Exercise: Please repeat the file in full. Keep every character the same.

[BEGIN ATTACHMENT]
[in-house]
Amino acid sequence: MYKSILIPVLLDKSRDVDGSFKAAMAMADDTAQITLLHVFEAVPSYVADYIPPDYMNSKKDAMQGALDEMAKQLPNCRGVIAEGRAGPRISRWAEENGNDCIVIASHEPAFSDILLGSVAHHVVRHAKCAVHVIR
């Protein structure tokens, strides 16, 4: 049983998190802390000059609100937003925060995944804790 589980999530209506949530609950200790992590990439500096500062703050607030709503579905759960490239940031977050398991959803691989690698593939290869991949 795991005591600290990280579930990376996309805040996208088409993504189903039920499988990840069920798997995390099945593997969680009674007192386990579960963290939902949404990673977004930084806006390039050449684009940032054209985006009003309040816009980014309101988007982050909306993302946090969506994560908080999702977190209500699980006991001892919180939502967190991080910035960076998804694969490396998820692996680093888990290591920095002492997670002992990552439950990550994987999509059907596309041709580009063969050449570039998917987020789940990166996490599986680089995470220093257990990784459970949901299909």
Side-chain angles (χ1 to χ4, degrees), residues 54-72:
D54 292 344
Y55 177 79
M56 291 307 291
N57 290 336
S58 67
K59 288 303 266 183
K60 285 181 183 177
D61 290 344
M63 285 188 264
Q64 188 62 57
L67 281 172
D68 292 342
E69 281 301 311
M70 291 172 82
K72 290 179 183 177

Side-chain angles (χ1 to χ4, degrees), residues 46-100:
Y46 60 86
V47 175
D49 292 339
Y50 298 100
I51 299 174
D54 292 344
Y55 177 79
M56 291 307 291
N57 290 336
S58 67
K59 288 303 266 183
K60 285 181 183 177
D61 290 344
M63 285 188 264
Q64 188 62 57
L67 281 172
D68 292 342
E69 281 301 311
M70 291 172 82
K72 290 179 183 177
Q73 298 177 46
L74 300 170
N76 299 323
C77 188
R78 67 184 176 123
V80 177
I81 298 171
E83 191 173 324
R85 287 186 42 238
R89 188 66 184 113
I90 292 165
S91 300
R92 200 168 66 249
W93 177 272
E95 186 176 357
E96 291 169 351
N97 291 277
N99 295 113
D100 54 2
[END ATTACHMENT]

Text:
[in-house]
Amino acid sequence: MYKSILIPVLLDKSRDVDGSFKAAMAMADDTAQITLLHVFEAVPSYVADYIPPDYMNSKKDAMQGALDEMAKQLPNCRGVIAEGRAGPRISRWAEENGNDCIVIASHEPAFSDILLGSVAHHVVRHAKCAVHVIR
């Protein structure tokens, strides 16, 4: 049983998190802390000059609100937003925060995944804790 589980999530209506949530609950200790992590990439500096500062703050607030709503579905759960490239940031977050398991959803691989690698593939290869991949 795991005591600290990280579930990376996309805040996208088409993504189903039920499988990840069920798997995390099945593997969680009674007192386990579960963290939902949404990673977004930084806006390039050449684009940032054209985006009003309040816009980014309101988007982050909306993302946090969506994560908080999702977190209500699980006991001892919180939502967190991080910035960076998804694969490396998820692996680093888990290591920095002492997670002992990552439950990550994987999509059907596309041709580009063969050449570039998917987020789940990166996490599986680089995470220093257990990784459970949901299909």
Side-chain angles (χ1 to χ4, degrees), residues 54-72:
D54 292 344
Y55 177 79
M56 291 307 291
N57 290 336
S58 67
K59 288 303 266 183
K60 285 181 183 177
D61 290 344
M63 285 188 264
Q64 188 62 57
L67 281 172
D68 292 342
E69 281 301 311
M70 291 172 82
K72 290 179 183 177

Side-chain angles (χ1 to χ4, degrees), residues 46-100:
Y46 60 86
V47 175
D49 292 339
Y50 298 100
I51 299 174
D54 292 344
Y55 177 79
M56 291 307 291
N57 290 336
S58 67
K59 288 303 266 183
K60 285 181 183 177
D61 290 344
M63 285 188 264
Q64 188 62 57
L67 281 172
D68 292 342
E69 281 301 311
M70 291 172 82
K72 290 179 183 177
Q73 298 177 46
L74 300 170
N76 299 323
C77 188
R78 67 184 176 123
V80 177
I81 298 171
E83 191 173 324
R85 287 186 42 238
R89 188 66 184 113
I90 292 165
S91 300
R92 200 168 66 249
W93 177 272
E95 186 176 357
E96 291 169 351
N97 291 277
N99 295 113
D100 54 2